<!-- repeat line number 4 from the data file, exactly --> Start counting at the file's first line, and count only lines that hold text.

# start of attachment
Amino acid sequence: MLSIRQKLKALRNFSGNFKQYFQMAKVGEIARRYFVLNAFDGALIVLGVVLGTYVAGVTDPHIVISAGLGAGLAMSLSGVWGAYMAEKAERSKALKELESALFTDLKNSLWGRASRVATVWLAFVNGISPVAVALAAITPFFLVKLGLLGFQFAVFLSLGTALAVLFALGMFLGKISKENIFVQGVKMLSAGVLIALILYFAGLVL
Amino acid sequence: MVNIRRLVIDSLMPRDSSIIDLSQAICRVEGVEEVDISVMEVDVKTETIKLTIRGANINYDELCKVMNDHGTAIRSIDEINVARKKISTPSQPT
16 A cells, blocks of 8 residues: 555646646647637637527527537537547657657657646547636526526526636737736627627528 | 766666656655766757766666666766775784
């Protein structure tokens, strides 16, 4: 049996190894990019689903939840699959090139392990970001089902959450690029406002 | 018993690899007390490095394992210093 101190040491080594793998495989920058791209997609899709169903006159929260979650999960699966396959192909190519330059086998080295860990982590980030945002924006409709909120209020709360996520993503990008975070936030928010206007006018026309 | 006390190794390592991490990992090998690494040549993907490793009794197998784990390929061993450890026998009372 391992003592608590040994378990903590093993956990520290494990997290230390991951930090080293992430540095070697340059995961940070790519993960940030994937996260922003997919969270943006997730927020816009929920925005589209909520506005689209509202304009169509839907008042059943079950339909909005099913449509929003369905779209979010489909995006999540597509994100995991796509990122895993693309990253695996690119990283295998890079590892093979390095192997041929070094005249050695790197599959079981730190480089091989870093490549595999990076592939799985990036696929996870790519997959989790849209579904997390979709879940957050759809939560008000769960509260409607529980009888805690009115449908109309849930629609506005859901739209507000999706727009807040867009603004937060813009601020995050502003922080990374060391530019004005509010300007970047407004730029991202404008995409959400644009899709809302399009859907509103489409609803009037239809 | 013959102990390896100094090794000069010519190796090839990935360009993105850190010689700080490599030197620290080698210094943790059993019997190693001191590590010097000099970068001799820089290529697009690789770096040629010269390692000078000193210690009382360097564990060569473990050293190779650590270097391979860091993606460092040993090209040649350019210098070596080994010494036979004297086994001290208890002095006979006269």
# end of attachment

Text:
């Protein structure tokens, strides 16, 4: 049996190894990019689903939840699959090139392990970001089902959450690029406002 | 018993690899007390490095394992210093 101190040491080594793998495989920058791209997609899709169903006159929260979650999960699966396959192909190519330059086998080295860990982590980030945002924006409709909120209020709360996520993503990008975070936030928010206007006018026309 | 006390190794390592991490990992090998690494040549993907490793009794197998784990390929061993450890026998009372 391992003592608590040994378990903590093993956990520290494990997290230390991951930090080293992430540095070697340059995961940070790519993960940030994937996260922003997919969270943006997730927020816009929920925005589209909520506005689209509202304009169509839907008042059943079950339909909005099913449509929003369905779209979010489909995006999540597509994100995991796509990122895993693309990253695996690119990283295998890079590892093979390095192997041929070094005249050695790197599959079981730190480089091989870093490549595999990076592939799985990036696929996870790519997959989790849209579904997390979709879940957050759809939560008000769960509260409607529980009888805690009115449908109309849930629609506005859901739209507000999706727009807040867009603004937060813009601020995050502003922080990374060391530019004005509010300007970047407004730029991202404008995409959400644009899709809302399009859907509103489409609803009037239809 | 013959102990390896100094090794000069010519190796090839990935360009993105850190010689700080490599030197620290080698210094943790059993019997190693001191590590010097000099970068001799820089290529697009690789770096040629010269390692000078000193210690009382360097564990060569473990050293190779650590270097391979860091993606460092040993090209040649350019210098070596080994010494036979004297086994001290208890002095006979006269």